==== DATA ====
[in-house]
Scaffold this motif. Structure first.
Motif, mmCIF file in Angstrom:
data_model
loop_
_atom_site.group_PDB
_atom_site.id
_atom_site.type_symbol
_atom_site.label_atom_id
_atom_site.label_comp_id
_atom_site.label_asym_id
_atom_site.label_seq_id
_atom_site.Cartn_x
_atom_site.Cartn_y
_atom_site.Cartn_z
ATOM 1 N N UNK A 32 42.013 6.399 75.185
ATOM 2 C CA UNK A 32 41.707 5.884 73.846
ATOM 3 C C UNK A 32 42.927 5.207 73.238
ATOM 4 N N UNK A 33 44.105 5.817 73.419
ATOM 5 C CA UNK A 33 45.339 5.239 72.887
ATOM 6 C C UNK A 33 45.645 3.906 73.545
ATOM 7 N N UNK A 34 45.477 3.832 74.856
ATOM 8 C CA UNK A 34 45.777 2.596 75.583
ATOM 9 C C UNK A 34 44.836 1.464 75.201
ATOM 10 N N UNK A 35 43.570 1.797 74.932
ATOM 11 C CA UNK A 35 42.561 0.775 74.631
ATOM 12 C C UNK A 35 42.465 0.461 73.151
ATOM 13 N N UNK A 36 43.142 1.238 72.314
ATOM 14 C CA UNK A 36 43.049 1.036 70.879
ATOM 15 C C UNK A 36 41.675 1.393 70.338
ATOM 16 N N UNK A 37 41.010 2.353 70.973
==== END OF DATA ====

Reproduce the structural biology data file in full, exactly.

[in-house]
Scaffold this motif. Structure first.
Motif, mmCIF file in Angstrom:
data_model
loop_
_atom_site.group_PDB
_atom_site.id
_atom_site.type_symbol
_atom_site.label_atom_id
_atom_site.label_comp_id
_atom_site.label_asym_id
_atom_site.label_seq_id
_atom_site.Cartn_x
_atom_site.Cartn_y
_atom_site.Cartn_z
ATOM 1 N N UNK A 32 42.013 6.399 75.185
ATOM 2 C CA UNK A 32 41.707 5.884 73.846
ATOM 3 C C UNK A 32 42.927 5.207 73.238
ATOM 4 N N UNK A 33 44.105 5.817 73.419
ATOM 5 C CA UNK A 33 45.339 5.239 72.887
ATOM 6 C C UNK A 33 45.645 3.906 73.545
ATOM 7 N N UNK A 34 45.477 3.832 74.856
ATOM 8 C CA UNK A 34 45.777 2.596 75.583
ATOM 9 C C UNK A 34 44.836 1.464 75.201
ATOM 10 N N UNK A 35 43.570 1.797 74.932
ATOM 11 C CA UNK A 35 42.561 0.775 74.631
ATOM 12 C C UNK A 35 42.465 0.461 73.151
ATOM 13 N N UNK A 36 43.142 1.238 72.314
ATOM 14 C CA UNK A 36 43.049 1.036 70.879
ATOM 15 C C UNK A 36 41.675 1.393 70.338
ATOM 16 N N UNK A 37 41.010 2.353 70.973